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Concussions and Helmets

Concussions and Helmets

A lot of time and resources have gone into methods to reduce concussion in sports. There’s a lot of speculative stuff out there, but most of it has yet to be proven in a meaningful way.⁣

The biggest myth is that newer generation helmets can protect against concussion in football. The evidence on this is really poor. ⁣



The problem is that a helmet was never really intended to prevent a concussion. It was meant to protect against skull fractures!⁣

Our helmets do a great job protecting our bones from breaking, but they can’t really stop the transmission of forces that travel into the brain and shear some of those delicate axons.⁣

Some have even made the case that because helmets protect our skulls so well, that new helmets have been increasingly weaponized in tackling forms that may increase concussive injury. For better or worse, rules against targeting have started to reduce this problem.⁣

So what can protect us from concussion in sports?⁣



So far the best evidence is to avoid head and neck contact, especially in earlier age groups.⁣

There are studies going on looking at therapeutic tools like vision training, neck muscle training, specialized mouth guards, and specialized neck collars.⁣

The truth is that the evidence for these things are still early and flawed, so we can’t say anything with confidence yet.⁣

In the meantime, the best things we can do is to make ourselves maximally prepared in strength, awareness, and reaction time so we can avoid the hits that may cause our brains harm.⁣

Gait Testing Can Predict Future Post Concussion Syndrome

A recent study in the journal Gait and Posture looked at various biomarkers in posture and walking in athletes who suffered a #concussion.⁣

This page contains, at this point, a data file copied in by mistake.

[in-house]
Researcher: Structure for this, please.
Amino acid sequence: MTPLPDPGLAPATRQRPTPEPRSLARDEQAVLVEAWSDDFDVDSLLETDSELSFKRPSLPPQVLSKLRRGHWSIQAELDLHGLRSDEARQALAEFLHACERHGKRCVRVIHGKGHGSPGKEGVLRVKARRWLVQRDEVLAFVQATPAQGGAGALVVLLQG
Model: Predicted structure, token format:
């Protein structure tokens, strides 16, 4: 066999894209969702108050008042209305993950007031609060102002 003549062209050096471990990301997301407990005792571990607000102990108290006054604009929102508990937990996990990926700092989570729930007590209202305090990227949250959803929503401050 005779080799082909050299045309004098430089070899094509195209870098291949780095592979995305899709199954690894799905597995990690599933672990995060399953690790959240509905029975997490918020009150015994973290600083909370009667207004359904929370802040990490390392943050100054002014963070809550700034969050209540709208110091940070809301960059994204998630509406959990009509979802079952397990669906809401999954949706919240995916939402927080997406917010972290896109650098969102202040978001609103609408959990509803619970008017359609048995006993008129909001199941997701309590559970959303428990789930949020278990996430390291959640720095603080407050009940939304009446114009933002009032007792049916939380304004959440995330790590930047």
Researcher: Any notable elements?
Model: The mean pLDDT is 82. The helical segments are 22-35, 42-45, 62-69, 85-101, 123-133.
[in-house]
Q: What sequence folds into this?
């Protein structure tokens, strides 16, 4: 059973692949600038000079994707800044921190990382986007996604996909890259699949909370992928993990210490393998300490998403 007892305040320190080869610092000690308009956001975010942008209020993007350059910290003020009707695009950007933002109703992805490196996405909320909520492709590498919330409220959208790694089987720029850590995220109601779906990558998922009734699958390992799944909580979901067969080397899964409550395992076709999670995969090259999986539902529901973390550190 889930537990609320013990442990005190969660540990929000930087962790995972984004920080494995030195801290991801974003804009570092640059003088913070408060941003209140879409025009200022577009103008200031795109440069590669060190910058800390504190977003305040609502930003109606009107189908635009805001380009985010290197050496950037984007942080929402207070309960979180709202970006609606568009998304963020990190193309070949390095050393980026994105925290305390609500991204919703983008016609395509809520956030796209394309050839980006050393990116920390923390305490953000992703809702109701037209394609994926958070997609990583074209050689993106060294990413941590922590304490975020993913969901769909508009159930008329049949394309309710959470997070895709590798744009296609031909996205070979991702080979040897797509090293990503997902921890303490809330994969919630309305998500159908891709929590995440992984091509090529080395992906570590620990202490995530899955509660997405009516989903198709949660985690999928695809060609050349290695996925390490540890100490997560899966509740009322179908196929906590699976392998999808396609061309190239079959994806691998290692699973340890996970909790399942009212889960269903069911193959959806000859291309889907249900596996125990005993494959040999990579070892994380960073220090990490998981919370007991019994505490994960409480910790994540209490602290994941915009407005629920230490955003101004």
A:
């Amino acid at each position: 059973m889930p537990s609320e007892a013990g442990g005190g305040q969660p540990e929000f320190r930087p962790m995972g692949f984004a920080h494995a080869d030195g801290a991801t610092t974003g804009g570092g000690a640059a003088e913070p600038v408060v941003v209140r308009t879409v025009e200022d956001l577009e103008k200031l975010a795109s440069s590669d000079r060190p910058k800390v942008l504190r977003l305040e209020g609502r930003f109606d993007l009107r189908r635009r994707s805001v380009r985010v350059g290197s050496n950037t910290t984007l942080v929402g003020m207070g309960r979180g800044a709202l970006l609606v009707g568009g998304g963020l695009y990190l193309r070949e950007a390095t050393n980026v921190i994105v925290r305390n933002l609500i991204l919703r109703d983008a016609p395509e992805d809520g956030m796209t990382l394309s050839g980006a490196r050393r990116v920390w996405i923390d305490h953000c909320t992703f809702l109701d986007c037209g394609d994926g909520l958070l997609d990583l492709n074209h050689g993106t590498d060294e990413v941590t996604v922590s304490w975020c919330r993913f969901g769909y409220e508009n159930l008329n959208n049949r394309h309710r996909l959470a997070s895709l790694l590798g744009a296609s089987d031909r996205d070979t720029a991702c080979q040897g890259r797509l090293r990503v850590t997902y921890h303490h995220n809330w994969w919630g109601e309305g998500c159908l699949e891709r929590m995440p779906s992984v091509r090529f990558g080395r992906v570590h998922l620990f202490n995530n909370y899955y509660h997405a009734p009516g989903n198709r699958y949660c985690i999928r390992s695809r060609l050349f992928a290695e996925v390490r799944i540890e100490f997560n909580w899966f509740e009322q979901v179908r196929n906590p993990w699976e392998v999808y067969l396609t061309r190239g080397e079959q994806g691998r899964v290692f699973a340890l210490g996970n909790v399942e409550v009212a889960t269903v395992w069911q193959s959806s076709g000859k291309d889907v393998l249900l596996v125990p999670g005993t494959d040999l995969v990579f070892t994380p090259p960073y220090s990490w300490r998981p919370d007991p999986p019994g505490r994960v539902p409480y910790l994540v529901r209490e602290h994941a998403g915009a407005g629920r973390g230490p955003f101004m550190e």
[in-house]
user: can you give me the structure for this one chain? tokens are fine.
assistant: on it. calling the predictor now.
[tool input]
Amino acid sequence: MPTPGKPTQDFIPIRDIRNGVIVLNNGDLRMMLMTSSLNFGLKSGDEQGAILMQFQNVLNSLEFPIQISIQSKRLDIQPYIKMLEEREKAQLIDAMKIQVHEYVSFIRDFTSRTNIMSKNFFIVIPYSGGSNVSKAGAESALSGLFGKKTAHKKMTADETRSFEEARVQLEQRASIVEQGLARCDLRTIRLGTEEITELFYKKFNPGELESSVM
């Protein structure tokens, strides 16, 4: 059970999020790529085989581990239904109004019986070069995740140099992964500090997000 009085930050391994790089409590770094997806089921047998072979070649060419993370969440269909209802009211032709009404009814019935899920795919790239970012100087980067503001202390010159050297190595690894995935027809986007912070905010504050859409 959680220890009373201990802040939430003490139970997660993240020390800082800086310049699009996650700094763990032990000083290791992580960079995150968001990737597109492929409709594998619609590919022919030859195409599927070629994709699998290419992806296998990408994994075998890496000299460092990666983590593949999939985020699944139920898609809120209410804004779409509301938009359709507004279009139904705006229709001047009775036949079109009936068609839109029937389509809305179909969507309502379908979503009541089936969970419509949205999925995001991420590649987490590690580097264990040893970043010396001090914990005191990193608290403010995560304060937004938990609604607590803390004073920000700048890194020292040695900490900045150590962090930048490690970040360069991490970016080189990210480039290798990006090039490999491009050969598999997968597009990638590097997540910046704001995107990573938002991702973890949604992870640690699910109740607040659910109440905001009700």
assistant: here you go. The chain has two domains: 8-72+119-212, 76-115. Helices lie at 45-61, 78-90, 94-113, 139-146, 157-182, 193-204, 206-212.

⁣Prognosis for Persistent Post Concussion Symptoms using a Multifaceted Objective Gait and Balance Assessment Approach


They wanted to see if any specific findings on balance or gait testing could predict which patients would have a worse recovery.⁣

The study found that out of all of the balance and walking parameters, 2 metrics were associated with the development of persistent symptoms or #postconcussionsyndrome


𝗗𝘂𝗮𝗹 𝗧𝗮𝘀𝗸 𝗮𝗻𝗱 𝗚𝗮𝗶𝘁⁣
The study found that when concussion patients had to perform a cognitive task while walking, there were changes in their walk that predicted future symptoms.⁣

Patients that were more likely to have future symptoms showed 𝙞𝙣𝙘𝙧𝙚𝙖𝙨𝙚𝙙 𝙢𝙤𝙫𝙚𝙢𝙚𝙣𝙩 𝙤𝙛 𝙩𝙝𝙚𝙞𝙧 𝙡𝙤𝙬𝙚𝙧 𝙗𝙖𝙘𝙠 when walking, and also 𝘀𝗵𝗼𝘄𝗲𝗱 𝗺𝗼𝗿𝗲 𝗿𝗮𝗻𝗱𝗼𝗺 𝗳𝗼𝗼𝘁 𝗽𝗹𝗮𝗰𝗲𝗺𝗲𝗻𝘁 when landing when they were engaged in a cognitive task.⁣

This might not seem like a big deal, but this may be a subtle sign that the brain is struggling to compartmentalize basic movement patterns, so it is using important resources from the frontal lobe to do something as simple as walking straight.⁣

This is why we have all of our patients perform a walking test with and without a cognitive challenge.⁣

The dual task paradigm gives us insight into brain function, and it also lets us know if we can use dual task exercises like the Fitlight to enhance our rehab.⁣

#neuroscience#neuroplasticity#tbi